2013-07-14 11:01:14 AM

PacManDreaming: I can also remember TV dinners being a rare treat. They took about 30 minutes to cook in the oven instead of a few minutes in the microwave, so they weren't really a major convenience. The best part was...we got to eat them on TV trays, on the couch, in front of the TV!


This. It was a pretty big deal to have a TV dinner, and it usually happened when my mom wasn't feeling well and wasn't up to cooking dinner. My favorites were Swanson's lasagna and their turkey dinner, both with two veg sides and the dessert in the middle (you can still get the turkey dinner that way but not the lasagna). Neither of them would have been a common meal in my house anyway, so it was a double treat.

Also, seems to me that credit cards weren't really that much in use until maybe the late 70s/early 80s. In 1976, our family went on vacation to Busch Gardens in Williamsburg, VA, and since my parents (as usual) didn't make hotel reservations in advance, we had a helluva time finding a room... but I clearly remember that when my dad was making arrangements to pay, the hotel clerk was like, "Oooo, Visa!" when my dad took out his card. Then again, said clerk also said he was down from Michigan to work for the summer, so maybe he hadn't been out much before then...
 
2013-07-14 11:35:56 AM
The first general-purpose charge cards must have been a heck of a tough sell for the guy trying to get retailers to accept them.  Especially back in the day before everything was electronic.  Imagine trying to get a restaurant to accept your charge cards:

"You see, it's just as convenient as cash, except you have to fill out this form and mail it in to us, and we'll send you your money the following month.  You'll need to get a few card-impression machines and train your front-of-house staff to use them.  We'll only charge you 2% of the transaction amount for our serv- hey, wait, what's so funny?"
 
2013-07-14 12:28:50 PM

Lydia_C: My favorites were Swanson's lasagna and their turkey dinner, both with two veg sides and the dessert in the middle


It used to drive me crazy as a kid for any of the peas, carrots or other vegetables to get mixed in with my apple pie. I always had to pick them out, first thing. It's funny, I don't remember the entrees, but I remember the peas and carrots, tater tots and the apple pie.


This guy has some old TV dinner packaging posted on Flickr. Some of our other contacts have even more. Check them out if you're into that sort of thing.
 
2013-07-14 12:30:35 PM
Lydia_C:

Sorry, meant to post this page. There's a ton of retro TV dinner packaging there!
 
2013-07-14 03:34:54 PM

Stone Meadow: 100 Watt Walrus: Stupid for-clicks article.

Twelve innovations from the 1890s that are still in use today:

zipper
X-ray
cold cereal
aspirin
radio
movie camera
bolt-action rifle
subways
escalator
dry-cell battery
vacuum cleaner
automobile

Wow! Who'd have imagined major innovations might last into the future? It's like, magic or something.

That's the spirit! And to make it even worse, here are some that persist from 50,000 years ago...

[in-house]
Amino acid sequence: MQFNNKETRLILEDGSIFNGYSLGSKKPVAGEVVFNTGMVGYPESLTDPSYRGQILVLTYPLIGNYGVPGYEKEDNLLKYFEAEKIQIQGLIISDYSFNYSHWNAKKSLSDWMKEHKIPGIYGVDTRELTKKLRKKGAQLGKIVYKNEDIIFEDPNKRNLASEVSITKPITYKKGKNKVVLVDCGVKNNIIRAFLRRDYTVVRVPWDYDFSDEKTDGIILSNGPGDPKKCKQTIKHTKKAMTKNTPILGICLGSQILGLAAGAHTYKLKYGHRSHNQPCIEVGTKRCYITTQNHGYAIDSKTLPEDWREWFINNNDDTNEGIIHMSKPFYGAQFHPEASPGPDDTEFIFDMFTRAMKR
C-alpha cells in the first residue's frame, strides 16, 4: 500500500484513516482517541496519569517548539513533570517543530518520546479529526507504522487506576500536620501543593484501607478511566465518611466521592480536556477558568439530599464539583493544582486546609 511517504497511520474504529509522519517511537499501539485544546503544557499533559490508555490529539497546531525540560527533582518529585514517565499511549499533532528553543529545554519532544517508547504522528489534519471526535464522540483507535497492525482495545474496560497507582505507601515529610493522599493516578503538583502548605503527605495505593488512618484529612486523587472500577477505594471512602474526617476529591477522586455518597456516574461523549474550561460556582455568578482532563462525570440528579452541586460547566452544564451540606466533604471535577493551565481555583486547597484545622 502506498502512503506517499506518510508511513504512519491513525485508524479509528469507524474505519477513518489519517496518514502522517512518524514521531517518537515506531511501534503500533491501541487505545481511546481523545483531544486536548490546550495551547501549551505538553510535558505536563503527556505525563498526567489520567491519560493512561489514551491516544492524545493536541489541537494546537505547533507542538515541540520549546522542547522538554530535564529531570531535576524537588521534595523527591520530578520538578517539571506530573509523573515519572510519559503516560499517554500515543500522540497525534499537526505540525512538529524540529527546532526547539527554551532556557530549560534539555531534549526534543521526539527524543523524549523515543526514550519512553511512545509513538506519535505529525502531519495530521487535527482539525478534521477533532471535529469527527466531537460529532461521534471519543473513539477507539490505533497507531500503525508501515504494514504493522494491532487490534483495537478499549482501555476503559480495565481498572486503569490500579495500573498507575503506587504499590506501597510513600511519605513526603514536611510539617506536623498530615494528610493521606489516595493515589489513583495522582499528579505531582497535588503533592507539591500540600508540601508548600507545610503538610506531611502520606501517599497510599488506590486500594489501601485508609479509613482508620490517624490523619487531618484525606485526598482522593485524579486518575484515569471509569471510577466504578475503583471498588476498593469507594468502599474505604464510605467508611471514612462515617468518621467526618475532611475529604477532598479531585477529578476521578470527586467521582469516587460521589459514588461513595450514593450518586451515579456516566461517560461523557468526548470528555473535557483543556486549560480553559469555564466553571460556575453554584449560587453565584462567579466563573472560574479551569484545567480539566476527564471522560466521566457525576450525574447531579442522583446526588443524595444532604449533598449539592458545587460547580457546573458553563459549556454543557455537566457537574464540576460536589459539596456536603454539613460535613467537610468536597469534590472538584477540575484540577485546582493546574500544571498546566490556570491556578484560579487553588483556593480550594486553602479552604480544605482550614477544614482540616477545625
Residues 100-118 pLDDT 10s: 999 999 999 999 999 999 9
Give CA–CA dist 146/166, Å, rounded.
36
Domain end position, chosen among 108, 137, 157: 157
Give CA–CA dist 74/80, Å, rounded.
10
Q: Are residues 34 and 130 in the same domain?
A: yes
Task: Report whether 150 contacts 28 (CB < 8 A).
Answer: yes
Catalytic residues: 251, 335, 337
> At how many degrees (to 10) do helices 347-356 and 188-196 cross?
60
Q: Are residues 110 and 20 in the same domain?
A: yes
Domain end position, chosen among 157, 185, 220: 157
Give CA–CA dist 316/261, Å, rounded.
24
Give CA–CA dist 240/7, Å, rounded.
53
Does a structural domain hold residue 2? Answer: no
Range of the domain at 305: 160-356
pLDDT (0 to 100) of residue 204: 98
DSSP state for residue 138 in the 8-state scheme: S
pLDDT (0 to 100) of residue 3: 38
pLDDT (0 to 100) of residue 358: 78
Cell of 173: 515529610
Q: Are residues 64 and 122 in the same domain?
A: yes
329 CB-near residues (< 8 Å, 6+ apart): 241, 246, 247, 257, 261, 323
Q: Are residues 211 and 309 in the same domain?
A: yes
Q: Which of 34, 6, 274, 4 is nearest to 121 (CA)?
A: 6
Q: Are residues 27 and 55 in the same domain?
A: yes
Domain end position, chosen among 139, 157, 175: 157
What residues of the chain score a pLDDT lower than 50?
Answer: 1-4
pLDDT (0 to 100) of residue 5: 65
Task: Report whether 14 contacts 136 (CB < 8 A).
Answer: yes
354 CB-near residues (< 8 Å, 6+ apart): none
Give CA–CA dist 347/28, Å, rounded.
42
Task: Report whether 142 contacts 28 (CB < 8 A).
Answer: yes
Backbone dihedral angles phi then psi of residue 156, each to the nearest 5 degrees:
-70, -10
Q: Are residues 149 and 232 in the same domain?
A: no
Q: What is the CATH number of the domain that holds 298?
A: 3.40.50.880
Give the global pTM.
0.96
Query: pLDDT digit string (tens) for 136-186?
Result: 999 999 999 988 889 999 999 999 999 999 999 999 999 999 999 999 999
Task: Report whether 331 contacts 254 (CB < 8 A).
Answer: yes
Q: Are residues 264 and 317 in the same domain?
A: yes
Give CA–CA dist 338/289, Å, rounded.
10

-meat cooked on the barbie
-tailored clothing (as opposed to throwing a bear skin over your shoulders)
-needle and thread (for making and repairing clothing and moccasins)
-l & r fitted moccasins and even water-proof mukluks
-combs and other personal items (made from carefully carved and finished antler and bone)
-bows and arrows(?)
etcetera... :)


I was thinking about going there myself, but I was sleepy and didn't feel like doing the legwork to make sure of the timeframe for such things.

/the wheel
 
2013-07-14 04:26:32 PM

100 Watt Walrus: I was thinking about going there myself, but I was sleepy and didn't feel like doing the legwork to make sure of the timeframe for such things.

/the wheel


Not to worry...I didn't confirm the dates, either. That said, they're close enough to make the point that there are lots of persistent human inventions. Go far enough back and they are all elaborations of Maslow's basic needs: food, water, sleep and sex.
 
2013-07-14 05:32:32 PM

lordargent: If something works well enough, why would there be any surprise that it's still in use today?

// pencils are from the 1500s and you can still run down to your office supply store of choice and grab some.


And we still use what amounts to steam engines every day to generate all our electricity.
 
2013-07-14 08:51:58 PM

Vaneshi: lordargent: If something works well enough, why would there be any surprise that it's still in use today?

// pencils are from the 1500s and you can still run down to your office supply store of choice and grab some.

And we still use what amounts to steam engines every day to generate all our electricity.


Not completely all. Some small amount is by solar and wind and maybe hydro-electric generators.
 
2013-07-14 08:57:27 PM

lethological_lassie: American women were not using credit cards, at least their OWN credit cards, until after 1974.

They weren't allowed to be considered for credit cards!

http://msmagazine.com/blog/2013/05/28/10-things-that-american-women- co uld-not-do-before-the-1970s/


I remember back in the 1970s a woman could not even but anything on hire purchase (probably known as a purchase plan by Americans) without her husband's signature. If she was single her father's signature was good enough.

And as recently as the early 1980s job ads in The Sydney Morning Herald were in two sections: Men and Boys; Women and Girls.
 
2013-07-15 01:42:32 AM

Bravo Two: Remember: marketing is not about selling a product, it's about selling the fear of NOT HAVING your product.


Book marked.
 
2013-07-15 03:11:49 AM

8 inches: Bravo Two: Remember: marketing is not about selling a product, it's about selling the fear of NOT HAVING your product.

Book marked.


If you can find it theres a fascinating and disturbing documentary series called The Century of the Self about how the then new science of psychology was immediately twisted into the brand new field of public relations for propaganda and advertising.